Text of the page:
A British reformed football hooligan (i.e., soccer thug) issues a j’accuse and mea culpa regarding a blight on his country’s—indeed the world’s—top sport, as well as a warning that this brand of anarchy is imminent in the Beckham-era United States.
In his U.S. debut, Brimson, author of 12 soccer-related titles and screenwriter for the 2005 film Hooligans, begins and ends with an unconvincing red alert to America that the rising popularity of this mostly disregarded sport could lead to the kind of brutality and bloodshed that has marred the game in England for decades. But the author’s own stated reasons this might not be—(1) the vastness of the country is unaccommodating to local rivalries; and (2) there is no history of hooligan culture to build on—are sufficiently valid for extinguishing his earnest foreboding. In between, though, he offers a captivating history of the outrageous behavior of British fans, many of whom gleefully carry on the tradition. Brimson portrays hooliganism—practiced not just by disaffected young toughs, but by doctors, lawyers, even company directors—as an obsessive jones: “So addictive does this rush become that it is very difficult to pull back. I’ve fought in two wars, flown in fighter jets, raced cars . . . but [this] is without doubt the most incredibly exciting and enjoyable thing I have ever known.” He spares himself no guilt in his involvement in the fist-fighting, “missile”-throwing and police beatings. Anecdote after anecdote recount maulings and even killings perpetrated by proud, unrepentant fans the author admonishes, some of whom, he says, denounce him for his breaking of omertà. An extensive glossary of Briticisms—bollocks, pitch, geezers—and football essentials—Lacoste, Adidas, Burberry—is both helpful and amusing.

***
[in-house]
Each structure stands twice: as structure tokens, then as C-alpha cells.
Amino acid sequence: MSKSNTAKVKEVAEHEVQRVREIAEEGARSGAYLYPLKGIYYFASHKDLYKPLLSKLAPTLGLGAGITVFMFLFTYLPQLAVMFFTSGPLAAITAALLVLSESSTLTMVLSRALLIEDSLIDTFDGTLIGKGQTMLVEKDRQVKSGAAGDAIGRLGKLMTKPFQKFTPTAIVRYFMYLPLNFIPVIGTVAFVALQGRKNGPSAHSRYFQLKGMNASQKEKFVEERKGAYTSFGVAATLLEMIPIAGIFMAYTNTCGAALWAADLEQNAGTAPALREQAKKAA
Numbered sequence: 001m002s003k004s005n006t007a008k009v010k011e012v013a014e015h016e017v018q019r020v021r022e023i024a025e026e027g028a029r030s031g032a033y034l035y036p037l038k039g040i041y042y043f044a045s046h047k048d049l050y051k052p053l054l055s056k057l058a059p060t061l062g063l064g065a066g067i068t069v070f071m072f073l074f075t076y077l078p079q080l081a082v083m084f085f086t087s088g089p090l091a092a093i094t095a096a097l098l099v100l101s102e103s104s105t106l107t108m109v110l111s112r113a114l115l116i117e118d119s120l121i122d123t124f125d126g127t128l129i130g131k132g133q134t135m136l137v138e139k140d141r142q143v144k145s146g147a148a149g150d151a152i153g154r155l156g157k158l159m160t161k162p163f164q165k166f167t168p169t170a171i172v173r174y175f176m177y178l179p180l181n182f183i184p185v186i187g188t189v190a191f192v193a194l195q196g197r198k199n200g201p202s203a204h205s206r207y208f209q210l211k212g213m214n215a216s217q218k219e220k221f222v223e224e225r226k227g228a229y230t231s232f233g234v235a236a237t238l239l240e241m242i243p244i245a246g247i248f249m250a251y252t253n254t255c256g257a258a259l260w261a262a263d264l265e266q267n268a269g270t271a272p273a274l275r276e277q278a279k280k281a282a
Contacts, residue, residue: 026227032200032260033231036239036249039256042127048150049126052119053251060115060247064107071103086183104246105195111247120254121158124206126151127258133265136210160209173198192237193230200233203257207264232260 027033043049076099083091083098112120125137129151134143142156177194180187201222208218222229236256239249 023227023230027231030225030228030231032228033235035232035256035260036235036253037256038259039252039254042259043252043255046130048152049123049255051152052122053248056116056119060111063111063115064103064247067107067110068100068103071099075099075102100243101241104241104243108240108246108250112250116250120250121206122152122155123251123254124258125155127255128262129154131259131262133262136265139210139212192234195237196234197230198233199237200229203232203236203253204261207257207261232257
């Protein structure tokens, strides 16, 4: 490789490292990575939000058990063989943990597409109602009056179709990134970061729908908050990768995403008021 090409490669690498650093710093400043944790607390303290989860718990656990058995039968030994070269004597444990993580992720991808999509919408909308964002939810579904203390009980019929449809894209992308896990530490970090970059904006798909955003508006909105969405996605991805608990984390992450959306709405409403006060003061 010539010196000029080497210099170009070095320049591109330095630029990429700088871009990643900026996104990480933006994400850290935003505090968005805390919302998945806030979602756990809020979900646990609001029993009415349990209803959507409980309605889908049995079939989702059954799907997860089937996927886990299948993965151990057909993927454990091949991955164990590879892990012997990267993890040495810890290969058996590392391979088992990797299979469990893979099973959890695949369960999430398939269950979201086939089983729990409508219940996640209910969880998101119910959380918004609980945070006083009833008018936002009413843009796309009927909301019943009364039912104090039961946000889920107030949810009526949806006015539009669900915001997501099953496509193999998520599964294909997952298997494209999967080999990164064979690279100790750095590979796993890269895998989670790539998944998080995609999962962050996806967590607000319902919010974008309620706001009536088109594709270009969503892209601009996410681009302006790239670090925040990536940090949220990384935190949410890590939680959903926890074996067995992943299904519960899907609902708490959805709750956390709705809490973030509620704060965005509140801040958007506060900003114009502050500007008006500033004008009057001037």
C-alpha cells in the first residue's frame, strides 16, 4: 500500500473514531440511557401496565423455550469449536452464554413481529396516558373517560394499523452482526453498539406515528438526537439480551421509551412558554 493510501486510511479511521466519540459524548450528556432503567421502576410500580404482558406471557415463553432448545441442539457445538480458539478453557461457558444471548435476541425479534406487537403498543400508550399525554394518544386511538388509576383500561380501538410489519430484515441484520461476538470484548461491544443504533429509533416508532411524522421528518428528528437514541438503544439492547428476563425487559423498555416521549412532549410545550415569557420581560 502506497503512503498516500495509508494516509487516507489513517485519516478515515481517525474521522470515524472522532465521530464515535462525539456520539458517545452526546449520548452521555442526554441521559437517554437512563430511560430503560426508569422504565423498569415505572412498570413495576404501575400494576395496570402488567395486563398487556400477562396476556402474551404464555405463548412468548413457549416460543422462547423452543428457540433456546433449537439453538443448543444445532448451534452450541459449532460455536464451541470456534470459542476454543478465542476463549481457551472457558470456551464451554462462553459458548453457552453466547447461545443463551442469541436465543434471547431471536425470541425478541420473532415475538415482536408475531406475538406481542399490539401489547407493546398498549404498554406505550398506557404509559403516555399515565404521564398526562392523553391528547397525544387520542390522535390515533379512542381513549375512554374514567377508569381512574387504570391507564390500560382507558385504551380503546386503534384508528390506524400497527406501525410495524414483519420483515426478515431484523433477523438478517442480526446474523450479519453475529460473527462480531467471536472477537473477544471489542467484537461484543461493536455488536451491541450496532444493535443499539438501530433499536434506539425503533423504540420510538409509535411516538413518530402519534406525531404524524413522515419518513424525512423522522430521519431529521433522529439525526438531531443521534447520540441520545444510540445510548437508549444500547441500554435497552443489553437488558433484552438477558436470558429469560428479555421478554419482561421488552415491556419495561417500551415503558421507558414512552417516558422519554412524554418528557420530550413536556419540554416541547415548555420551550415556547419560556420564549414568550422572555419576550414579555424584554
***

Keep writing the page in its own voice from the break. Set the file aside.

Too brief, but chockablock with riveting, shocking tales of madness that cut to the heart of a passion unthinkable in the United States but very real—and very frightening—elsewhere.